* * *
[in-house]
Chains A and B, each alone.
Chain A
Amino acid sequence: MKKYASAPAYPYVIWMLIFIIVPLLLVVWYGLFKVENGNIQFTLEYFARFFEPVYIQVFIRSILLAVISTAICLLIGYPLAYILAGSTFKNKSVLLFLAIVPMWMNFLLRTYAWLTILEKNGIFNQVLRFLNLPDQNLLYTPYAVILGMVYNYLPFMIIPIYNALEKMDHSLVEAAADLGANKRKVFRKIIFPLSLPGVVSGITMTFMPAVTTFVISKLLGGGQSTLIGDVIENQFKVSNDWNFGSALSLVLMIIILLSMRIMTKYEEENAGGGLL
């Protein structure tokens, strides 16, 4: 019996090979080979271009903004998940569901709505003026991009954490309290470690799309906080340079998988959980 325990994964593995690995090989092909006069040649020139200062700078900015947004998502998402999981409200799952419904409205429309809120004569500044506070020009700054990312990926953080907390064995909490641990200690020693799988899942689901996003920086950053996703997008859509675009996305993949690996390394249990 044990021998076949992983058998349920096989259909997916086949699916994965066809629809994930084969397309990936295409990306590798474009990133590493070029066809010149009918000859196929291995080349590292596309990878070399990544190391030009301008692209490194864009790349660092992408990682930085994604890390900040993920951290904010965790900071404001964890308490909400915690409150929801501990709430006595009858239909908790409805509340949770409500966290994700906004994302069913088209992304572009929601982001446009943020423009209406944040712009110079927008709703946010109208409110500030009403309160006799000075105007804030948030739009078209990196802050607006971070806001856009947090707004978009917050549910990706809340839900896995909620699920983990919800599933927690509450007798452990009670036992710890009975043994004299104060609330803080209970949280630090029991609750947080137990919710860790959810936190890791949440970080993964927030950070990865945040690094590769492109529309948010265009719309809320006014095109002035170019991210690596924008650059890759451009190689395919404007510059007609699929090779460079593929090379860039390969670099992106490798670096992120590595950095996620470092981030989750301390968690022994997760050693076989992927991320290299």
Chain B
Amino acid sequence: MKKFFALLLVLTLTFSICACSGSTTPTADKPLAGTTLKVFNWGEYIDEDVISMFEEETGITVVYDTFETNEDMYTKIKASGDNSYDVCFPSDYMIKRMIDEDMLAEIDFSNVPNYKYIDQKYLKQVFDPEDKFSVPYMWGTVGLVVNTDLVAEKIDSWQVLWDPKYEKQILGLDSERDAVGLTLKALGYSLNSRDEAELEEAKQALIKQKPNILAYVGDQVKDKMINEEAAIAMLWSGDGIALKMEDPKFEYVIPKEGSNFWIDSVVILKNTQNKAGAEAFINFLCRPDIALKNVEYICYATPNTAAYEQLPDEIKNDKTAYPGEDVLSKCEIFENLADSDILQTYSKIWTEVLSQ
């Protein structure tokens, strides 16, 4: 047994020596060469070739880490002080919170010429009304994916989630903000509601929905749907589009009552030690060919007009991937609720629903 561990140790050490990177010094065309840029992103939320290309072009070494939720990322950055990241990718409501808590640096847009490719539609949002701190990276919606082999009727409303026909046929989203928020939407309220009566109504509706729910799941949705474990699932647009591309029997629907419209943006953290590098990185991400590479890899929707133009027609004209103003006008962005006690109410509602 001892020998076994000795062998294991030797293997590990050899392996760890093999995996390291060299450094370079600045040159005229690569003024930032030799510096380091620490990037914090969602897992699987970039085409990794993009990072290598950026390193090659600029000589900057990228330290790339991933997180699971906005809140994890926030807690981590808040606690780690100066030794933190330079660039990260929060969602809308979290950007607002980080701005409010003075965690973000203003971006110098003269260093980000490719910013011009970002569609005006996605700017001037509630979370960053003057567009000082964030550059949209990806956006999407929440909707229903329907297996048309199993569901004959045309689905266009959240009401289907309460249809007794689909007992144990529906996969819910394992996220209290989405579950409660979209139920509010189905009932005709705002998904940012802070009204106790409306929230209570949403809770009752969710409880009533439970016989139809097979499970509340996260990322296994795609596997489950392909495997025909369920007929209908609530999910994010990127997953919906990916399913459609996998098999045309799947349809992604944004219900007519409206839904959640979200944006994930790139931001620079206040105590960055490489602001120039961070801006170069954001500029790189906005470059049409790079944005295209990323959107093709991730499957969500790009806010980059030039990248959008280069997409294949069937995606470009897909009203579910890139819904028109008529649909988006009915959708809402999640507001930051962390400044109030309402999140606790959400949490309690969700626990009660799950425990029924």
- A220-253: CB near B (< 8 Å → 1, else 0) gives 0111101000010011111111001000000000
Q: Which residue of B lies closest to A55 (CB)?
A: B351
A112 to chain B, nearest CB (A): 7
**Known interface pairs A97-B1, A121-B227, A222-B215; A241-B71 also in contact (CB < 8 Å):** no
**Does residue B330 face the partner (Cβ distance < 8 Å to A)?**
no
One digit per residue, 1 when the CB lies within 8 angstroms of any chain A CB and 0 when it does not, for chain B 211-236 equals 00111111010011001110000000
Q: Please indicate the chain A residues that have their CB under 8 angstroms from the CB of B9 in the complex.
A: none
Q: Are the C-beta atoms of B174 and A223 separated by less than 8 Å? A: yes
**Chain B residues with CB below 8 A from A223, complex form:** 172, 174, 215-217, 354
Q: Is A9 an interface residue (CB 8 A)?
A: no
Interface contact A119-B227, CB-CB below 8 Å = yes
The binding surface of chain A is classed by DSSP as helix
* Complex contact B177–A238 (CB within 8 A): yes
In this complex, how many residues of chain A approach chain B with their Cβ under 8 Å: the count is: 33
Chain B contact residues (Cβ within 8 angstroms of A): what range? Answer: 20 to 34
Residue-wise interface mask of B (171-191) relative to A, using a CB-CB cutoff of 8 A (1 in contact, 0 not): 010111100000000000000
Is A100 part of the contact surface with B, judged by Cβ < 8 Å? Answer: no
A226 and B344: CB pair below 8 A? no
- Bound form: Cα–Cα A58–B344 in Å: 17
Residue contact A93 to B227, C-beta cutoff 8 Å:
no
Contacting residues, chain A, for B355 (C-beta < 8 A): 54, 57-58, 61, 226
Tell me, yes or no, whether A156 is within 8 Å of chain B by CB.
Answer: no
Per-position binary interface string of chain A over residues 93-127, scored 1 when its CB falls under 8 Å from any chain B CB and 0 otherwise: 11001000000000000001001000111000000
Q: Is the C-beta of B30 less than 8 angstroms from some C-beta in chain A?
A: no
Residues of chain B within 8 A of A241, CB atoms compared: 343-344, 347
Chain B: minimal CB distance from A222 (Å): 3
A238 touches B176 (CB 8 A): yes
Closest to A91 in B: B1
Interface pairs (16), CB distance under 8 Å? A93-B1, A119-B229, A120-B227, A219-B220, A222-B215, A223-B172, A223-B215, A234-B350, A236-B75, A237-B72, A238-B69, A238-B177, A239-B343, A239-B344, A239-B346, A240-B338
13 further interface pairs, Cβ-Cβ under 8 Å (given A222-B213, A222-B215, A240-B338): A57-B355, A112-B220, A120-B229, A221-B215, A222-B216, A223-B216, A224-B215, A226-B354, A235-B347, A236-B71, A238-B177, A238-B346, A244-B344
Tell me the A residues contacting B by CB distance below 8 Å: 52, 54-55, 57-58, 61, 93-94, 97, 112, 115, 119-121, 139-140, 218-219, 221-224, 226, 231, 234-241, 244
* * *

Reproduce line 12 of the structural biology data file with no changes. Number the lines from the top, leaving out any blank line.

A112 to chain B, nearest CB (A): 7